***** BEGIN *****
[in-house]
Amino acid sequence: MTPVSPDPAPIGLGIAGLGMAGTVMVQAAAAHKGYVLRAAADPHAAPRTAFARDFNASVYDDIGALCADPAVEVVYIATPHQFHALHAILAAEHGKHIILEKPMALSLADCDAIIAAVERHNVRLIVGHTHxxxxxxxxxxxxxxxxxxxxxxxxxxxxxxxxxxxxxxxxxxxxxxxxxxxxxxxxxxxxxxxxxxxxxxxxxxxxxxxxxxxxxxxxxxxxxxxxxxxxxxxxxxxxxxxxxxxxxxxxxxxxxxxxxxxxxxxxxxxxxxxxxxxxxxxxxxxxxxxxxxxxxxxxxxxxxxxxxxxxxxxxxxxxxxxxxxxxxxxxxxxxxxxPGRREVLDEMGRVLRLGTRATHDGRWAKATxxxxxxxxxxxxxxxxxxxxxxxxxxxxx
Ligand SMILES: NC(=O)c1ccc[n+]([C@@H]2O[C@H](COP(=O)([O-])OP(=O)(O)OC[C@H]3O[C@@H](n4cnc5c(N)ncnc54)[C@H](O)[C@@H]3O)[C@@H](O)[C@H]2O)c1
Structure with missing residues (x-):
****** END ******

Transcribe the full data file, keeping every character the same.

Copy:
[in-house]
Amino acid sequence: MTPVSPDPAPIGLGIAGLGMAGTVMVQAAAAHKGYVLRAAADPHAAPRTAFARDFNASVYDDIGALCADPAVEVVYIATPHQFHALHAILAAEHGKHIILEKPMALSLADCDAIIAAVERHNVRLIVGHTHxxxxxxxxxxxxxxxxxxxxxxxxxxxxxxxxxxxxxxxxxxxxxxxxxxxxxxxxxxxxxxxxxxxxxxxxxxxxxxxxxxxxxxxxxxxxxxxxxxxxxxxxxxxxxxxxxxxxxxxxxxxxxxxxxxxxxxxxxxxxxxxxxxxxxxxxxxxxxxxxxxxxxxxxxxxxxxxxxxxxxxxxxxxxxxxxxxxxxxxxxxxxxxxPGRREVLDEMGRVLRLGTRATHDGRWAKATxxxxxxxxxxxxxxxxxxxxxxxxxxxxx
Ligand SMILES: NC(=O)c1ccc[n+]([C@@H]2O[C@H](COP(=O)([O-])OP(=O)(O)OC[C@H]3O[C@@H](n4cnc5c(N)ncnc54)[C@H](O)[C@@H]3O)[C@@H](O)[C@H]2O)c1
Structure with missing residues (x-):